More than 30 provinces and cities changed their housing policies in the first 10 days of September.
Photo by Kuang Da
By LIU Chen
Cities across China have been dismantling housing restrictions since the end of August, mirroring the moves made by first-tier metropolises. From northern megacities like Shenyang and Jinan to Foshan and Dongguan in the south, it's much easier to buy a home.
More than 30 cities changed their housing policies in the first 10 days of September.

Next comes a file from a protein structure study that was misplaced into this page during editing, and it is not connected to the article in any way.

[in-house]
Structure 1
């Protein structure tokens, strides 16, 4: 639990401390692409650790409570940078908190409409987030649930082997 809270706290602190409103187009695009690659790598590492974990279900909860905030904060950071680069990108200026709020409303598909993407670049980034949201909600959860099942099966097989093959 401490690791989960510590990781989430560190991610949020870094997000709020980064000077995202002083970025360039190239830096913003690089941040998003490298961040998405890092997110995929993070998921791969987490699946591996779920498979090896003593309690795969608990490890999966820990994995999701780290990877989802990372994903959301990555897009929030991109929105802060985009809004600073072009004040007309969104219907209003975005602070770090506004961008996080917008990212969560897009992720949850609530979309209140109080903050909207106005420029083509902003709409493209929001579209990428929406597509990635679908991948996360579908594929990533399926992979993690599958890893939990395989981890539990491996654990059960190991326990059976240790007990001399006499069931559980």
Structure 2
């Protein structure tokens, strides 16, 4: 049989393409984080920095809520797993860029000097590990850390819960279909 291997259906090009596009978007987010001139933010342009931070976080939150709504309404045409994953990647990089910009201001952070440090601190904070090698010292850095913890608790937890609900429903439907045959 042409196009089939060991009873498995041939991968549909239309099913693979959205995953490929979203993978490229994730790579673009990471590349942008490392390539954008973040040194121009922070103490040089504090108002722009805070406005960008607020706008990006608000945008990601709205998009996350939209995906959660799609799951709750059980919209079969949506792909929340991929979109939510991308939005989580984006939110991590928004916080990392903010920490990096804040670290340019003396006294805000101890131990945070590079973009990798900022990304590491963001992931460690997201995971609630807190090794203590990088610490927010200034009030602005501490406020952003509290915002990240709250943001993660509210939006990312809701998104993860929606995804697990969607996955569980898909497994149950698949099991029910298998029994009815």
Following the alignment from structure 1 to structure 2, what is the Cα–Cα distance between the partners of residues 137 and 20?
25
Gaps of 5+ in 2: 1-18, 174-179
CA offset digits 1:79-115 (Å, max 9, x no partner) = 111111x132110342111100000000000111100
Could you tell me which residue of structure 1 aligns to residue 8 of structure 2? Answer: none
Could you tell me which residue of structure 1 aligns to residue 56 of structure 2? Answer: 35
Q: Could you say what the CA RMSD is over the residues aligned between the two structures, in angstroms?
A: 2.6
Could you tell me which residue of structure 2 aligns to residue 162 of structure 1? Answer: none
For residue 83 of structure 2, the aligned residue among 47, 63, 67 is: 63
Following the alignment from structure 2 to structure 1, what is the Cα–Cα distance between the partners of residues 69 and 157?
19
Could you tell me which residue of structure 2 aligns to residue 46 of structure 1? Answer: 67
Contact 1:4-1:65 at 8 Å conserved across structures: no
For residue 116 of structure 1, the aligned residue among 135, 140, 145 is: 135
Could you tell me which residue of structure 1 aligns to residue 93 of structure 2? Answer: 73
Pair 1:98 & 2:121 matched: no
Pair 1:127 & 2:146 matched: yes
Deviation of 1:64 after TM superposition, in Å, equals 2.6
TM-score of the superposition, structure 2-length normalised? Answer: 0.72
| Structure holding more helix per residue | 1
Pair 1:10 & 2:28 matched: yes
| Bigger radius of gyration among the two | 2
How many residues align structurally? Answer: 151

The driving force is supply and demand. At the height of the real-estate boom, the government persistently tried to cool the market down and avoid speculation. Now, with prices falling, authorities need to inject some heat.
A few cities, Hangzhou and Chengdu among them, continue to uphold restrictions, but these are the cities that are doing just fine. Lifting restrictions may lead to an unwelcome influx of buyers, causing a rapid escalation in prices and market turmoil.
The immediate and conspicuous effect is more house purchases. However, as the stimulus takes effect, volatility and uncertainty are also likely to rise. Buyers, prudent to the point of invisibility recently, are likely to maintain their prudent approach.